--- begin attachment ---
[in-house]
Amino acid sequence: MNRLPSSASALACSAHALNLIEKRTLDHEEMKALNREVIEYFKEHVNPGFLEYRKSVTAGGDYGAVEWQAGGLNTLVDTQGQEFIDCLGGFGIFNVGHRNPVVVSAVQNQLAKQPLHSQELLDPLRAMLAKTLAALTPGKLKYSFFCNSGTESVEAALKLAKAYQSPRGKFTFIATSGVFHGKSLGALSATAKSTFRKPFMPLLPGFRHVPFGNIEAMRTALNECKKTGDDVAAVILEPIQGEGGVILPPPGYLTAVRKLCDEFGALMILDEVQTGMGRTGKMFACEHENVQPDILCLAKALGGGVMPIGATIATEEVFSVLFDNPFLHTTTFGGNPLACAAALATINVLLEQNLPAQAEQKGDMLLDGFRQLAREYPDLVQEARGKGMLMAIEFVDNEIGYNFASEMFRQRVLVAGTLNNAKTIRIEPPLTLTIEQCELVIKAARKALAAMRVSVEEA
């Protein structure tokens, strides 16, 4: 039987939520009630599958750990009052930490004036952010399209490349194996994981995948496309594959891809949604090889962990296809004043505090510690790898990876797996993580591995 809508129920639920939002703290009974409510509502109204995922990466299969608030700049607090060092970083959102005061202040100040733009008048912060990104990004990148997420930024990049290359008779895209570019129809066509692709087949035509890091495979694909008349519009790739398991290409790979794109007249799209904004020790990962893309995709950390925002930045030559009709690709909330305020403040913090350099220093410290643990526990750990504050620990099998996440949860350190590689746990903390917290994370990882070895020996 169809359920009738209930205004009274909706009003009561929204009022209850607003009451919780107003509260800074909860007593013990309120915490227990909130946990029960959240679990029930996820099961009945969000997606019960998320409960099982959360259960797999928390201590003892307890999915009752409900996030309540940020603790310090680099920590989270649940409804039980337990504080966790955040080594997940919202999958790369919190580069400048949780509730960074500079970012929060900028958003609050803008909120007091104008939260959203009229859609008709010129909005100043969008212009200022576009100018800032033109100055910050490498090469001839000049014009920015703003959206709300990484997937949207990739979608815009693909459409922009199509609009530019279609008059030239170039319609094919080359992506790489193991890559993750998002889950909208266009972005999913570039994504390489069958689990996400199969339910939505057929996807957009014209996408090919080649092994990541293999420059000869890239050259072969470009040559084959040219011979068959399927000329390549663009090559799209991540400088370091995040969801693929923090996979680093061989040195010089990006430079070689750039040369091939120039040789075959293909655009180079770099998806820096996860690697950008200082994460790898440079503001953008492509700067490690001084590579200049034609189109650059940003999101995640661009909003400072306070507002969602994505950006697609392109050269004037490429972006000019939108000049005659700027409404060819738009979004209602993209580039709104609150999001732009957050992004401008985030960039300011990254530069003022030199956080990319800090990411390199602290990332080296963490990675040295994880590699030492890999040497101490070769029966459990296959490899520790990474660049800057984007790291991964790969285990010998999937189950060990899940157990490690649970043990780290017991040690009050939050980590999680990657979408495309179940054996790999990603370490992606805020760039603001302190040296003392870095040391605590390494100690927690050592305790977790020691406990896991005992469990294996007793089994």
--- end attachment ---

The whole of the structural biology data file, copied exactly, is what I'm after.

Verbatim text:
[in-house]
Amino acid sequence: MNRLPSSASALACSAHALNLIEKRTLDHEEMKALNREVIEYFKEHVNPGFLEYRKSVTAGGDYGAVEWQAGGLNTLVDTQGQEFIDCLGGFGIFNVGHRNPVVVSAVQNQLAKQPLHSQELLDPLRAMLAKTLAALTPGKLKYSFFCNSGTESVEAALKLAKAYQSPRGKFTFIATSGVFHGKSLGALSATAKSTFRKPFMPLLPGFRHVPFGNIEAMRTALNECKKTGDDVAAVILEPIQGEGGVILPPPGYLTAVRKLCDEFGALMILDEVQTGMGRTGKMFACEHENVQPDILCLAKALGGGVMPIGATIATEEVFSVLFDNPFLHTTTFGGNPLACAAALATINVLLEQNLPAQAEQKGDMLLDGFRQLAREYPDLVQEARGKGMLMAIEFVDNEIGYNFASEMFRQRVLVAGTLNNAKTIRIEPPLTLTIEQCELVIKAARKALAAMRVSVEEA
């Protein structure tokens, strides 16, 4: 039987939520009630599958750990009052930490004036952010399209490349194996994981995948496309594959891809949604090889962990296809004043505090510690790898990876797996993580591995 809508129920639920939002703290009974409510509502109204995922990466299969608030700049607090060092970083959102005061202040100040733009008048912060990104990004990148997420930024990049290359008779895209570019129809066509692709087949035509890091495979694909008349519009790739398991290409790979794109007249799209904004020790990962893309995709950390925002930045030559009709690709909330305020403040913090350099220093410290643990526990750990504050620990099998996440949860350190590689746990903390917290994370990882070895020996 169809359920009738209930205004009274909706009003009561929204009022209850607003009451919780107003509260800074909860007593013990309120915490227990909130946990029960959240679990029930996820099961009945969000997606019960998320409960099982959360259960797999928390201590003892307890999915009752409900996030309540940020603790310090680099920590989270649940409804039980337990504080966790955040080594997940919202999958790369919190580069400048949780509730960074500079970012929060900028958003609050803008909120007091104008939260959203009229859609008709010129909005100043969008212009200022576009100018800032033109100055910050490498090469001839000049014009920015703003959206709300990484997937949207990739979608815009693909459409922009199509609009530019279609008059030239170039319609094919080359992506790489193991890559993750998002889950909208266009972005999913570039994504390489069958689990996400199969339910939505057929996807957009014209996408090919080649092994990541293999420059000869890239050259072969470009040559084959040219011979068959399927000329390549663009090559799209991540400088370091995040969801693929923090996979680093061989040195010089990006430079070689750039040369091939120039040789075959293909655009180079770099998806820096996860690697950008200082994460790898440079503001953008492509700067490690001084590579200049034609189109650059940003999101995640661009909003400072306070507002969602994505950006697609392109050269004037490429972006000019939108000049005659700027409404060819738009979004209602993209580039709104609150999001732009957050992004401008985030960039300011990254530069003022030199956080990319800090990411390199602290990332080296963490990675040295994880590699030492890999040497101490070769029966459990296959490899520790990474660049800057984007790291991964790969285990010998999937189950060990899940157990490690649970043990780290017991040690009050939050980590999680990657979408495309179940054996790999990603370490992606805020760039603001302190040296003392870095040391605590390494100690927690050592305790977790020691406990896991005992469990294996007793089994």